Beth Stern Photo

Beth and sweet Bianca. 

Meanwhile, my husband talks about the fosters on his radio show and I post daily pictures on my Instagram site. Social media are amazing tools for getting the word out!

Because I get to know these babies very well, I'm determined to be as hands-on with their adoption as I am with their nurturing. After socializing the kittens for weeks, I'm in a good position to determine which family would be the best match for each individual kitten. Then I personally deliver the kitten to his or her new home and meet the family in person.

I’m able to keep up with all of my foster kittens (more than 100!) on a Facebook page I created, Bianca's Furry Friends/Beth Stern's Fosters. It's pretty great. My adopters can post and comment, and the public can view the page and see how everyone is doing.

Is there a specific message you would like to get out?

When you adopt from a shelter, you're actually saving two lives; the one you take home and the one who can now move into that space at the shelter. Adopting a pet is the most special, magical, beautiful feeling in the world. The bond is indescribable. People who've adopted or rescued a pet know this feeling. There's nothing else quite like it! My husband and I make a point of adopting adult or special-needs pets. Last year we adopted Bella, a blind calico. It's fascinating observing her figuring out the world. I learn so much from her every single day!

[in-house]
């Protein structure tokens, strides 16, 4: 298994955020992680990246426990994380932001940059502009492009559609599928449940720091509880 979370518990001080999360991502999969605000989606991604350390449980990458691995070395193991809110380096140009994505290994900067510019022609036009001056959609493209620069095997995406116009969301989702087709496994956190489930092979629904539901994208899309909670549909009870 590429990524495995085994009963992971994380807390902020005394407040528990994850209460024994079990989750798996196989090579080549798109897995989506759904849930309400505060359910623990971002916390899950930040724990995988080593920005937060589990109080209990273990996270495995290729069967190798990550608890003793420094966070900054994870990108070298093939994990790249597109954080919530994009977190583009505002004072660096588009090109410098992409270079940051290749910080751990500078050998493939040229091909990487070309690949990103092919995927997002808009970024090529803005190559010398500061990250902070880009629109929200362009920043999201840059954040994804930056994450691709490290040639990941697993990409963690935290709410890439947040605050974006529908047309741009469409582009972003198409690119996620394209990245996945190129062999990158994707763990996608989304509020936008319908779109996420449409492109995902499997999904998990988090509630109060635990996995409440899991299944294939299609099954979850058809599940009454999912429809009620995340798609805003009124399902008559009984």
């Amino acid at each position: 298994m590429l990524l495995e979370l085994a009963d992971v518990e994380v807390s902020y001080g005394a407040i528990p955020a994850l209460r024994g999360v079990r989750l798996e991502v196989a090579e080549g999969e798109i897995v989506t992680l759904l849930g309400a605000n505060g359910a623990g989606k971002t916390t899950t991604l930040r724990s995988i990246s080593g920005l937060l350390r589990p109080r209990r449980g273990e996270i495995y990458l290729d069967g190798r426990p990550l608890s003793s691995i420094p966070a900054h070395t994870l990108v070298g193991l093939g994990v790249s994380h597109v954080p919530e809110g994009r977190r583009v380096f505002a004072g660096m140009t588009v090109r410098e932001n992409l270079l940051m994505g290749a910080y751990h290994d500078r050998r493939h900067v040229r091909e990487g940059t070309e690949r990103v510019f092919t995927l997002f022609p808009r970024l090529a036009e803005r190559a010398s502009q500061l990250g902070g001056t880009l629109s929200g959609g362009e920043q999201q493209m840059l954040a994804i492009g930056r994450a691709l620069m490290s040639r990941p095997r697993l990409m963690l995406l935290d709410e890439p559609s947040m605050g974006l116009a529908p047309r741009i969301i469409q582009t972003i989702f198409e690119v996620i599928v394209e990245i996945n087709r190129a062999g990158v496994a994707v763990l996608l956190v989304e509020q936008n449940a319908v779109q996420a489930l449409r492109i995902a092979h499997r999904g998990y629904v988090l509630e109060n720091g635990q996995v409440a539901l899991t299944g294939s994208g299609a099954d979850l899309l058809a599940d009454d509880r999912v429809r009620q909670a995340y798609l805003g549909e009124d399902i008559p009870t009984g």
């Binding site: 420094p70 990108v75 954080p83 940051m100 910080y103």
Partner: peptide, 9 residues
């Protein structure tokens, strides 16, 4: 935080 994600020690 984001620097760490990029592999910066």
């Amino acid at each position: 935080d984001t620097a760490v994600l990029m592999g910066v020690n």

Beth Stern Photo

Beth and Bella. (Photo: Courtesy of Howard Stern)

I love the story about Yoda and how being with the kittens helped his heart condition. Can you describe it briefly?

Yoda, a 2-year-old white Persian, was one of those hard-luck cats who'd been sitting at Animal League America for a long time. When I saw him in his cage, he was clearly in a very sad state. His previous owners had so badly neglected him that the shelter groomers had to shave off his beautiful coat. He was skinny and withdrawn. He just stared into his litter box and wouldn't make eye contact with potential adopters. I decided to bring him home to foster and then find him a home. Howard named him Yoda for the wise "Star Wars" Jedi master.

I took him for a vet visit and learned that his heart was failing and he had only three to six months to live. That very day, Howard and I adopted him and vowed to love him until his last breath.

A week later I got a litter of foster kittens, and something magical happened. Yoda made his way into the foster room and he came alive! He groomed all the kittens, one by one, and watched over them! He slept with them, made sure they ate, and nurtured and loved them. As he was doing that, his heart got stronger! After a few months of taking care of "his kittens," his heart condition was gone, his gorgeous coat grew back, and today, almost one year later, he is the happiest, jolliest, healthiest boy!

I truly believe that love and purpose healed his heart. I decided this was a message that children would want to hear, so I wrote a children's book, Yoda, The Story of a Cat and His Kittens. (The proceeds from this book are donated to North Shore Animal League America's Bianca's Furry Friends campaign.) I love getting letters from teachers and their students who have read the book. Yoda has had an unforgettable impact on so many! He's my little miracle.

If you're interested in fostering, adopting, volunteering, and/or donating to North Shore Animal League America, please visit

To see Stern's latest rescues, follow her on Twitter @bethstern or Instagram @bethostern.